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pan-cake make-Up 

Definition:  Makeup invented by Max Factor & Co. in the late 1930s to be compatible with Technicolor filmmaking. The makeup was so-called because it was a cake-like powder whose container resembled a pan. Embraced by Hollywood studios, pan-cake was soon commercially marketed as the makeup to the stars and remains the basic formula for today’s foundation makeup.

History: Throughout Hollywood’s Silent and Classic eras, the name Max Factor was synonymous with the invention of makeup. In fact, Max Factor invented the word make-up as a synonym for cosmetics.

Hollywood makeupBeyond Stage Actor Greasepaint

However, when he left his St. Louis barber shop in 1908 to open “Max Factor’s Antiseptic Hair Store” in Los Angeles, Max Factor set out to supply hairpieces to the infant movie industry. “Toupees made-to-order. High-grade work,” Factor's sign read on South Central Avenue. Factor’s business plan would diversify in 1909 when his company, now called Max Factor & Co., also became the West Coast distributor of the two leading manufacturers of theatrical makeup.

In 1914, Factor observed a film shoot and was struck by how “ghoulish” actors appeared in their attempts to look good on black-and-white film. Some wore grease paint, the standard makeup of stage actors, which was applied in stick form. Its downside was that it dried to a 1/8-inch-thick mask that cracked with facial expressions. While the distances of stage theater audiences rendered cracks unnoticeable, that was not the case for film closeups. Other actors sought flexibility with mixtures of Vaseline and flour, lard and cornstarch, and cold cream and paprika. To approximate flesh color, others combined Vaseline or lard with ground brick dust.

The occasion inspired Factor to invent a greasepaint in cream rather than stick form which came in 12 different shades and could be applied consistently in a thin layer that remained flexible on the skin. First to try his “flexible greasepaint” were comedy stars Charlie Chaplin, Buster Keaton and Fatty Arbuckle. Their praise soon made Factor’s invention the standard makeup of the silent-film era.

Sound, Lights, Film & Makeup

The advent of talkies in 1927 spurred Factor and son Frank (Francis) to work furiously to formulate a new line of makeup. Carbon lamps used for silent films were too noisy for use on sound stages and were replaced by silent tungsten lamps. However, because tungsten lamps cast softer light, the industry was forced to replace orthochromatic film with far more sensitive panchromatic film. These technological changes necessitated the development of makeup that could lighten faces that appeared shadowed despite panchromatic film’s sensitivity.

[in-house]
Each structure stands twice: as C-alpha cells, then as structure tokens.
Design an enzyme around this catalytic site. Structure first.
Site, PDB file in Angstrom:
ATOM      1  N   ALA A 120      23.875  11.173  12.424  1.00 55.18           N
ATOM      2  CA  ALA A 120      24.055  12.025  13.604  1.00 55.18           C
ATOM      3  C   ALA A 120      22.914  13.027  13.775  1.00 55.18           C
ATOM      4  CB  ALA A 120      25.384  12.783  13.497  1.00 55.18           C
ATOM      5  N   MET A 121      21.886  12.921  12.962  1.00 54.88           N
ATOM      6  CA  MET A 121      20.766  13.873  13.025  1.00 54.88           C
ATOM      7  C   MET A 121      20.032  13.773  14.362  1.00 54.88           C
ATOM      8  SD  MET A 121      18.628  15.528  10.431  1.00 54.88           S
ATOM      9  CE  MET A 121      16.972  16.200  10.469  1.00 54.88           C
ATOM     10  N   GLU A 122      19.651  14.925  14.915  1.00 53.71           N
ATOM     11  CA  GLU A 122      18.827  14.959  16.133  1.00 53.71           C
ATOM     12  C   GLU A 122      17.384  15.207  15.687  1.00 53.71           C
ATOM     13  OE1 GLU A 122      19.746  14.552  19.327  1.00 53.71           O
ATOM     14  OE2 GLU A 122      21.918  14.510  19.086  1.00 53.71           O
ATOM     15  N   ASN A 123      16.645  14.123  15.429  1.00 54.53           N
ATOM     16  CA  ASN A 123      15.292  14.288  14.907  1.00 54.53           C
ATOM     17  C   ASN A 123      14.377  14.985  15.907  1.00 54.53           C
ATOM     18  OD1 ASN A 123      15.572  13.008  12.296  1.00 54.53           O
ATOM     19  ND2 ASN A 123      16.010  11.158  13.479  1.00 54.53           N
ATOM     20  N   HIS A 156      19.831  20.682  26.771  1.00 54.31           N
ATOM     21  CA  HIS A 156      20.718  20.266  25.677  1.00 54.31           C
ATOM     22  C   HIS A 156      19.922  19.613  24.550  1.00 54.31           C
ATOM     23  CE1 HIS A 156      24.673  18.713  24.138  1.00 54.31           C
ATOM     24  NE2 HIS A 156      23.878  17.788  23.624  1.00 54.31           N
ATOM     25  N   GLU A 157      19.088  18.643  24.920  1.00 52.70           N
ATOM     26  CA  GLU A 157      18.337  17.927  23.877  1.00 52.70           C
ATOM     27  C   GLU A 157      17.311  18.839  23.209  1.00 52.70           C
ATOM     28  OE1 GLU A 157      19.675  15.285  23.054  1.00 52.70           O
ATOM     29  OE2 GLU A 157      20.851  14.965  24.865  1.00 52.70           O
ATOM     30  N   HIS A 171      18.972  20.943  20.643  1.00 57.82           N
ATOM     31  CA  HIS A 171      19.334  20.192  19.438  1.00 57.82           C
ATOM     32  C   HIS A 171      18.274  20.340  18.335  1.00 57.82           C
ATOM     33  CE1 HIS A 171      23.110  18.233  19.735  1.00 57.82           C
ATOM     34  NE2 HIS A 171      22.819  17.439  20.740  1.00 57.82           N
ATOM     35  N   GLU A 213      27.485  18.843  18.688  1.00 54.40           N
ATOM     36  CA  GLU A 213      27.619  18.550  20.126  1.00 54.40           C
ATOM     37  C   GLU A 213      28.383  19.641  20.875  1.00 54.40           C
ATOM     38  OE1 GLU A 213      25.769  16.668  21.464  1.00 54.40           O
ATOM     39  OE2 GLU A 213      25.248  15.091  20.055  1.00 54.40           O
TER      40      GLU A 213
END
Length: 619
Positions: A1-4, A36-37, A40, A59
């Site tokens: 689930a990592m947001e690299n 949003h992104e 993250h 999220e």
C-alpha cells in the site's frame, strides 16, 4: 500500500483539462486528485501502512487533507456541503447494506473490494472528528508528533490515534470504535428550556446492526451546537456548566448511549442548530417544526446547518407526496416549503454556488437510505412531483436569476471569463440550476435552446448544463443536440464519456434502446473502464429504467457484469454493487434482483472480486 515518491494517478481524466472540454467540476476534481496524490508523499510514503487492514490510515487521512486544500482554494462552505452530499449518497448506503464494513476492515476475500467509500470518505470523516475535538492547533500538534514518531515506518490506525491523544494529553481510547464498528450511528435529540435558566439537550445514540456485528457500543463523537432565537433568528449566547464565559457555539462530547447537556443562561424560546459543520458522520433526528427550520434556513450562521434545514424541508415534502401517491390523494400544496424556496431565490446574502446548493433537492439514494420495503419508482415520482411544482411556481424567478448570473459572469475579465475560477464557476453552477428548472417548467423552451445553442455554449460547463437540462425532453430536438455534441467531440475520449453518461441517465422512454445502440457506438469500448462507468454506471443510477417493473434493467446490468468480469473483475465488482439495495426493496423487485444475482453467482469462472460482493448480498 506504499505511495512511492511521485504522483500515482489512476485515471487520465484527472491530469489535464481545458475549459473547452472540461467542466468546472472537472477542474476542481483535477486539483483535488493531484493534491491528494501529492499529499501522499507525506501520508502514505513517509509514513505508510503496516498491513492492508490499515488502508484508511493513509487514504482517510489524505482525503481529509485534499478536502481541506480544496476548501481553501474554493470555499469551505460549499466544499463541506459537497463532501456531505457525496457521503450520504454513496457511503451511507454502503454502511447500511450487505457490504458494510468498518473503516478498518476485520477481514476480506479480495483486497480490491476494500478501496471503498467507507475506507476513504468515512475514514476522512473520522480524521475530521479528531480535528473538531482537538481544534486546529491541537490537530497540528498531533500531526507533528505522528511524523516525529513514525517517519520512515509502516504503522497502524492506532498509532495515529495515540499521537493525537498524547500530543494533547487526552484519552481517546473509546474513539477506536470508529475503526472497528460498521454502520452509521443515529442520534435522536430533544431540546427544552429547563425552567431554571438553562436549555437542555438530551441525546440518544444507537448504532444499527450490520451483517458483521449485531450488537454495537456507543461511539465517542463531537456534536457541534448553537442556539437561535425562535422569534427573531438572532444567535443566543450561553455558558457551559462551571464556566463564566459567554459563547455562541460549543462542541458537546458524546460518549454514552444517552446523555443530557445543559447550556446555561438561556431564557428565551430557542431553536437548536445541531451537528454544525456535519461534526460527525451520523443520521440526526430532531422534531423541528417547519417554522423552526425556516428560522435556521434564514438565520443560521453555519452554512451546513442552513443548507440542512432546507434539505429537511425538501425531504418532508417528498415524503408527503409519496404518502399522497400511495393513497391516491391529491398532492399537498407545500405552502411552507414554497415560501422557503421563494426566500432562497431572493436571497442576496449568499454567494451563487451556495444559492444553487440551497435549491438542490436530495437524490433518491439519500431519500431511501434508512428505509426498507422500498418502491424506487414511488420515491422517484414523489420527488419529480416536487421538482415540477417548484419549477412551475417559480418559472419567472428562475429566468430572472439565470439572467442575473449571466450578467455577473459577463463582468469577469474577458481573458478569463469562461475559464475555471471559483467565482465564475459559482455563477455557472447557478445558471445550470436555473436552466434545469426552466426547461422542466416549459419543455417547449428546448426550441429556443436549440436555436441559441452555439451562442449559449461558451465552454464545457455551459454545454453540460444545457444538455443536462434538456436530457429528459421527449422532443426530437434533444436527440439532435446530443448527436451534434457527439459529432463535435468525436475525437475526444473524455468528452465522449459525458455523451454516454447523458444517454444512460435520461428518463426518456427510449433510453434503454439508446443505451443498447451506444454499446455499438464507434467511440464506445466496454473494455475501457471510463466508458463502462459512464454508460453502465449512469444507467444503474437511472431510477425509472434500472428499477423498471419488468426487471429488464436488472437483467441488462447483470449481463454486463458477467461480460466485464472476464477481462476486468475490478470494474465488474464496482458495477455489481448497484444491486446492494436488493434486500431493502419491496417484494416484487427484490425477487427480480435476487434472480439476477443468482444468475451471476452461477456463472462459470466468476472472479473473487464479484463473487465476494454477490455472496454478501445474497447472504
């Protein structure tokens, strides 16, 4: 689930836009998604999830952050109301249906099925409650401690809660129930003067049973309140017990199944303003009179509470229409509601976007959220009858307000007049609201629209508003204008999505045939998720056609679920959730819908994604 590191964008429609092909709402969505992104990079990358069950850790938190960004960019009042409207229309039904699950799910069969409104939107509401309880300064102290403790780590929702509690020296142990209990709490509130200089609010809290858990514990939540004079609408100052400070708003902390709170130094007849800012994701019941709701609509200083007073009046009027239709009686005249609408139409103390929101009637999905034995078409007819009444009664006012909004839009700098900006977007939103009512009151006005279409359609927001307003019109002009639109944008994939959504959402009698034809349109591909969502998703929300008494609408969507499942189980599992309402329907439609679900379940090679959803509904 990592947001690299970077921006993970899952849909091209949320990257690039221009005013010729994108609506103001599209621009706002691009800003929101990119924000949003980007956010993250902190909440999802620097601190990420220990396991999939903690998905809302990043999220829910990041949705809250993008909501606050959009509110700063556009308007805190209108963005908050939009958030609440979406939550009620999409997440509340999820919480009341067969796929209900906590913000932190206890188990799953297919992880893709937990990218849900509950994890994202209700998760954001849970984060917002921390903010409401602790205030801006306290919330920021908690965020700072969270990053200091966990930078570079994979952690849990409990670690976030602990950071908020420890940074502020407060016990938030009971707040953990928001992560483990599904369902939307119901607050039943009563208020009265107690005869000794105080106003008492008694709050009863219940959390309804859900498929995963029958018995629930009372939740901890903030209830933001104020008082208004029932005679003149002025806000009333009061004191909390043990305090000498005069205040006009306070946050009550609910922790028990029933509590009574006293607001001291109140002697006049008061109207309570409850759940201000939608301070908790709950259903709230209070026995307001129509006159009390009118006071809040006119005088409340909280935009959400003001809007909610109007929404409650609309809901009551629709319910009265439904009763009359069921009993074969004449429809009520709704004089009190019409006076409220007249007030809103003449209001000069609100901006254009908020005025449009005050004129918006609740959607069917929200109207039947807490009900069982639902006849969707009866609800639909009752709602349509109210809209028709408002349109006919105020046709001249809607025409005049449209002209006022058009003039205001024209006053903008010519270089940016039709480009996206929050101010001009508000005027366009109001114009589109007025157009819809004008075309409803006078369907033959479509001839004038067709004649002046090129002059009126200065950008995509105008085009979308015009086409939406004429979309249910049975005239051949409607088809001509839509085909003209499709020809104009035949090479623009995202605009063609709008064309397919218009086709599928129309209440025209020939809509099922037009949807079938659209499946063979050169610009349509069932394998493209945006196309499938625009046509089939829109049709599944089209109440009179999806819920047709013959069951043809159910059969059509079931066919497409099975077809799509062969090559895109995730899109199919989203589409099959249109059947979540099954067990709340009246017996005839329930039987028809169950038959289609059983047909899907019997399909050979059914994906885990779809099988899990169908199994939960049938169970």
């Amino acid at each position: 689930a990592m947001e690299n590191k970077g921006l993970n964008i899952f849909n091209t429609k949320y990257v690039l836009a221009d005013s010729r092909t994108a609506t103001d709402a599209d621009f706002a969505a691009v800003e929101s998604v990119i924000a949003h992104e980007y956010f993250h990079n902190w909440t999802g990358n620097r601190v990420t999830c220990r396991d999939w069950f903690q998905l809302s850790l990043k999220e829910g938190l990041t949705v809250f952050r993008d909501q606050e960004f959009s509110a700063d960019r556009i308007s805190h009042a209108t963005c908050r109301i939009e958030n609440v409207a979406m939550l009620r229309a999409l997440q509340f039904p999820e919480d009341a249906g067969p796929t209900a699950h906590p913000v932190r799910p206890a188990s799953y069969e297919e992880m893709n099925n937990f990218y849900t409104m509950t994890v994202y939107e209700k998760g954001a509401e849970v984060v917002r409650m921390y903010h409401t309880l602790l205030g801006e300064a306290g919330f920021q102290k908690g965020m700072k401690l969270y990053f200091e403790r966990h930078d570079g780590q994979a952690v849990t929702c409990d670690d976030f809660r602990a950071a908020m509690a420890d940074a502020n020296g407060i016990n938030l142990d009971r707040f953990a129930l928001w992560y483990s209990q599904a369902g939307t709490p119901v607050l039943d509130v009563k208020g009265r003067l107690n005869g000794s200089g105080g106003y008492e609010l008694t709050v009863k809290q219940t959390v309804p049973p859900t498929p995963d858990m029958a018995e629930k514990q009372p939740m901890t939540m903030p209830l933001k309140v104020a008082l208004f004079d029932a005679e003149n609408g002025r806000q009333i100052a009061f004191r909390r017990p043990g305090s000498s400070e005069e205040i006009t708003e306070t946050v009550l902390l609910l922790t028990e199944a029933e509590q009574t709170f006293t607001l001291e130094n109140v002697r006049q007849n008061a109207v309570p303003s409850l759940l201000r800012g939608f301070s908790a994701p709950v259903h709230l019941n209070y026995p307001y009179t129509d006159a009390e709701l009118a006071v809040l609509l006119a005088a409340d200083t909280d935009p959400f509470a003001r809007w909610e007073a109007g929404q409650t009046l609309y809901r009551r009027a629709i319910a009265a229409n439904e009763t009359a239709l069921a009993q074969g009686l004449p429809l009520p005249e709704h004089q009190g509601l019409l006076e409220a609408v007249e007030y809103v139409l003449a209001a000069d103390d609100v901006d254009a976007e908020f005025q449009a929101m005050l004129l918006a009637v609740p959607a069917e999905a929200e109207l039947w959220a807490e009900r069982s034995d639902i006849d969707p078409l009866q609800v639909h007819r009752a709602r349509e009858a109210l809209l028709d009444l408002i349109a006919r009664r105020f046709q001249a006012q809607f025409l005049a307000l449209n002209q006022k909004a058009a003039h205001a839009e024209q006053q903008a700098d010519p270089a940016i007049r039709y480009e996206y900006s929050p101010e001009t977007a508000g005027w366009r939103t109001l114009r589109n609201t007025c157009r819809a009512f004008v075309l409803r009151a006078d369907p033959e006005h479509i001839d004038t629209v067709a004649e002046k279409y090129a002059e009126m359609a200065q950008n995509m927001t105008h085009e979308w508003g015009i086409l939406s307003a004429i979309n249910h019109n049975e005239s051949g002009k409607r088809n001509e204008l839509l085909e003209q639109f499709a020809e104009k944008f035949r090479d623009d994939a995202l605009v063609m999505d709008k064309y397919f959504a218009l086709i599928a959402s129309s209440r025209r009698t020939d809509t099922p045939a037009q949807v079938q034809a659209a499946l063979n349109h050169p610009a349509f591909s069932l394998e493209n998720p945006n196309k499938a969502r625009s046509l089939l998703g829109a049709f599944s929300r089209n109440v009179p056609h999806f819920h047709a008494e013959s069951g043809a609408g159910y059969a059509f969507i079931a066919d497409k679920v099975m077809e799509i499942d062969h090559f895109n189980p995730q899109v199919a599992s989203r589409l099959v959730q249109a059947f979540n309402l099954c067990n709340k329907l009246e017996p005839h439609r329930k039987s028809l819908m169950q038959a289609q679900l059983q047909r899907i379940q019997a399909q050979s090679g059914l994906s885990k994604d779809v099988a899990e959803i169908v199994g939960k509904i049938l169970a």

Max Factor’s solution was “panchromatic make-up” which highly reflected light. The new formulation came in multiple shades that appeared true-to-life in black and white but embodied a sheen and coloration “horrifying to look at” offscreen, according to Frank Factor. For instance, the rosy cheeks and lips of Lombard, Davis and Colbert were actually shades of black or brown. In 1929, the Academy of Motion Picture Arts and Sciences presented Factor with an Academy Award for his achievement.

Technicolor & Pan-Cake Make-Up

Pan-cake make-up, originally called the “T-D Series,” was developed in the late 1930s when panchromatic make-up proved deficient for use in Technicolor films. The problem was that panchromatic make-up’s reflectivity caused the sheen of actors’ faces to reflect colors of the scenery around them. Put an actor by red drapes, for instance, and she would appear sunburned. So serious was the problem that actresses such as Greta Garbo, Norma Shearer, Judy Garland, Bette Davis, Joan Crawford and Carol Lombard refused to appear in Technicolor films.

At the time Max Factor was incapacitated by an automobile accident causing his son Frank to spearhead the makeup’s initial development. The final product was a powder applied to the face with a sponge. Not only did pan-cake make-up solve the reflectivity problem, its finish appeared transparent while concealing blemishes and other skin imperfections. Moreover, its more porous finish enabled the skin to better cope with heat generated by cinematic lighting.

So successful was the product that actresses began absconding with the makeup for their personal use. Although its shade limited personal use to daylight, Frank Factor recognized the makeup's commercial potential and developed a line of lighter shades that would make Max Factor & Co. the world’s leader in cosmetics. Indeed, the Max Factor brand was so idemtified with makeup that following his father’s death in 1938, Frank changed his Christian name to Max. Of course, name changing ran in the family. Thirty-four years earlier the senior Max Factor, a Polish immigrant, had changed his name from Maksymilian Faktorowicz.

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